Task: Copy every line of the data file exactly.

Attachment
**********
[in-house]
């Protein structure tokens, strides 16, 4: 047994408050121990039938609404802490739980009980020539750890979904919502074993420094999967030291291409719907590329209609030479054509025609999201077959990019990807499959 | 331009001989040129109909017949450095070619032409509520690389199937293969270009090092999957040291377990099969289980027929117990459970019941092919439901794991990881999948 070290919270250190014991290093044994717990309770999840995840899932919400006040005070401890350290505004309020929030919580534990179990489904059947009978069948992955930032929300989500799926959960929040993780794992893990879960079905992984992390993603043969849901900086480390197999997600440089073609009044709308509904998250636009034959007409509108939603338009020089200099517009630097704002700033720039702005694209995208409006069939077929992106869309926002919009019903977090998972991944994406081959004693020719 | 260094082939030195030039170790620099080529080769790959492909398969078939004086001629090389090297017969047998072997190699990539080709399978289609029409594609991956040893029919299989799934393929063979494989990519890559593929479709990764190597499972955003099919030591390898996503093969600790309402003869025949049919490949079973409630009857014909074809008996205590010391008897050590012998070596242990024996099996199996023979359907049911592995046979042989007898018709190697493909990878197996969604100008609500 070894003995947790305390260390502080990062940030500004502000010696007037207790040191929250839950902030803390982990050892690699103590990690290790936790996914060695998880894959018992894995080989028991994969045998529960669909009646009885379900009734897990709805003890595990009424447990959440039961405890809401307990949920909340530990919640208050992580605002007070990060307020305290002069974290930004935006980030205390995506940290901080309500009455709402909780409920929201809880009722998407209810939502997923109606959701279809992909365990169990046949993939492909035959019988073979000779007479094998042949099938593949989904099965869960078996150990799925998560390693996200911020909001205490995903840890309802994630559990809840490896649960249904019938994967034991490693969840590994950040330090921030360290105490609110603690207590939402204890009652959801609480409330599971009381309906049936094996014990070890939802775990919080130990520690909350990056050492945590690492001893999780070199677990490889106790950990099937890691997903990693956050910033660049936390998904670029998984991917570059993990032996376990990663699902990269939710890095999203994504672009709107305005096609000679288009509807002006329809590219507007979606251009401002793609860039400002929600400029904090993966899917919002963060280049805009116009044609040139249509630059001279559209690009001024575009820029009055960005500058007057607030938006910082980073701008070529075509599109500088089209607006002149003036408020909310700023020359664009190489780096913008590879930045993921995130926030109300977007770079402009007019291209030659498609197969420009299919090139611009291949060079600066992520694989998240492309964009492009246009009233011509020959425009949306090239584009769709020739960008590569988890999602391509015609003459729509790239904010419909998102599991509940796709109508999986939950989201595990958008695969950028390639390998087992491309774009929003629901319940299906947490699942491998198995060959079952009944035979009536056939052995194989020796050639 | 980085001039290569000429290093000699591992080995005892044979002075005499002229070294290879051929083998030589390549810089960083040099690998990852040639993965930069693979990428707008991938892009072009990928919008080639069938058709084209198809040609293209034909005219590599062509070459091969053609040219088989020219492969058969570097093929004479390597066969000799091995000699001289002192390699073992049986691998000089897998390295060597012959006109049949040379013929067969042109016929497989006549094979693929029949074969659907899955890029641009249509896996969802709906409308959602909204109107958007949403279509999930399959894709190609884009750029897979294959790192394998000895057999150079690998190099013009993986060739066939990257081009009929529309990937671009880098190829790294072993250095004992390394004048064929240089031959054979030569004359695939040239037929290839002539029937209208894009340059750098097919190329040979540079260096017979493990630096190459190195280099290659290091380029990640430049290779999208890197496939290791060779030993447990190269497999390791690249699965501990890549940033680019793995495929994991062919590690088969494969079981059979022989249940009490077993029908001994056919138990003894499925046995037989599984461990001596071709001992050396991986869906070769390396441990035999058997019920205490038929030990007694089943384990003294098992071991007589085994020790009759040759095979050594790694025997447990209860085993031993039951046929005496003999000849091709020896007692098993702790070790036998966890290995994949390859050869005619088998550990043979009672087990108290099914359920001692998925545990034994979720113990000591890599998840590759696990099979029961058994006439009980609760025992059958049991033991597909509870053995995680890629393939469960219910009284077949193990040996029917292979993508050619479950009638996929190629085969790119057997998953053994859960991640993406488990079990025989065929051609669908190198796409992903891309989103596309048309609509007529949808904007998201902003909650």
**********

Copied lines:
[in-house]
């Protein structure tokens, strides 16, 4: 047994408050121990039938609404802490739980009980020539750890979904919502074993420094999967030291291409719907590329209609030479054509025609999201077959990019990807499959 | 331009001989040129109909017949450095070619032409509520690389199937293969270009090092999957040291377990099969289980027929117990459970019941092919439901794991990881999948 070290919270250190014991290093044994717990309770999840995840899932919400006040005070401890350290505004309020929030919580534990179990489904059947009978069948992955930032929300989500799926959960929040993780794992893990879960079905992984992390993603043969849901900086480390197999997600440089073609009044709308509904998250636009034959007409509108939603338009020089200099517009630097704002700033720039702005694209995208409006069939077929992106869309926002919009019903977090998972991944994406081959004693020719 | 260094082939030195030039170790620099080529080769790959492909398969078939004086001629090389090297017969047998072997190699990539080709399978289609029409594609991956040893029919299989799934393929063979494989990519890559593929479709990764190597499972955003099919030591390898996503093969600790309402003869025949049919490949079973409630009857014909074809008996205590010391008897050590012998070596242990024996099996199996023979359907049911592995046979042989007898018709190697493909990878197996969604100008609500 070894003995947790305390260390502080990062940030500004502000010696007037207790040191929250839950902030803390982990050892690699103590990690290790936790996914060695998880894959018992894995080989028991994969045998529960669909009646009885379900009734897990709805003890595990009424447990959440039961405890809401307990949920909340530990919640208050992580605002007070990060307020305290002069974290930004935006980030205390995506940290901080309500009455709402909780409920929201809880009722998407209810939502997923109606959701279809992909365990169990046949993939492909035959019988073979000779007479094998042949099938593949989904099965869960078996150990799925998560390693996200911020909001205490995903840890309802994630559990809840490896649960249904019938994967034991490693969840590994950040330090921030360290105490609110603690207590939402204890009652959801609480409330599971009381309906049936094996014990070890939802775990919080130990520690909350990056050492945590690492001893999780070199677990490889106790950990099937890691997903990693956050910033660049936390998904670029998984991917570059993990032996376990990663699902990269939710890095999203994504672009709107305005096609000679288009509807002006329809590219507007979606251009401002793609860039400002929600400029904090993966899917919002963060280049805009116009044609040139249509630059001279559209690009001024575009820029009055960005500058007057607030938006910082980073701008070529075509599109500088089209607006002149003036408020909310700023020359664009190489780096913008590879930045993921995130926030109300977007770079402009007019291209030659498609197969420009299919090139611009291949060079600066992520694989998240492309964009492009246009009233011509020959425009949306090239584009769709020739960008590569988890999602391509015609003459729509790239904010419909998102599991509940796709109508999986939950989201595990958008695969950028390639390998087992491309774009929003629901319940299906947490699942491998198995060959079952009944035979009536056939052995194989020796050639 | 980085001039290569000429290093000699591992080995005892044979002075005499002229070294290879051929083998030589390549810089960083040099690998990852040639993965930069693979990428707008991938892009072009990928919008080639069938058709084209198809040609293209034909005219590599062509070459091969053609040219088989020219492969058969570097093929004479390597066969000799091995000699001289002192390699073992049986691998000089897998390295060597012959006109049949040379013929067969042109016929497989006549094979693929029949074969659907899955890029641009249509896996969802709906409308959602909204109107958007949403279509999930399959894709190609884009750029897979294959790192394998000895057999150079690998190099013009993986060739066939990257081009009929529309990937671009880098190829790294072993250095004992390394004048064929240089031959054979030569004359695939040239037929290839002539029937209208894009340059750098097919190329040979540079260096017979493990630096190459190195280099290659290091380029990640430049290779999208890197496939290791060779030993447990190269497999390791690249699965501990890549940033680019793995495929994991062919590690088969494969079981059979022989249940009490077993029908001994056919138990003894499925046995037989599984461990001596071709001992050396991986869906070769390396441990035999058997019920205490038929030990007694089943384990003294098992071991007589085994020790009759040759095979050594790694025997447990209860085993031993039951046929005496003999000849091709020896007692098993702790070790036998966890290995994949390859050869005619088998550990043979009672087990108290099914359920001692998925545990034994979720113990000591890599998840590759696990099979029961058994006439009980609760025992059958049991033991597909509870053995995680890629393939469960219910009284077949193990040996029917292979993508050619479950009638996929190629085969790119057997998953053994859960991640993406488990079990025989065929051609669908190198796409992903891309989103596309048309609509007529949808904007998201902003909650």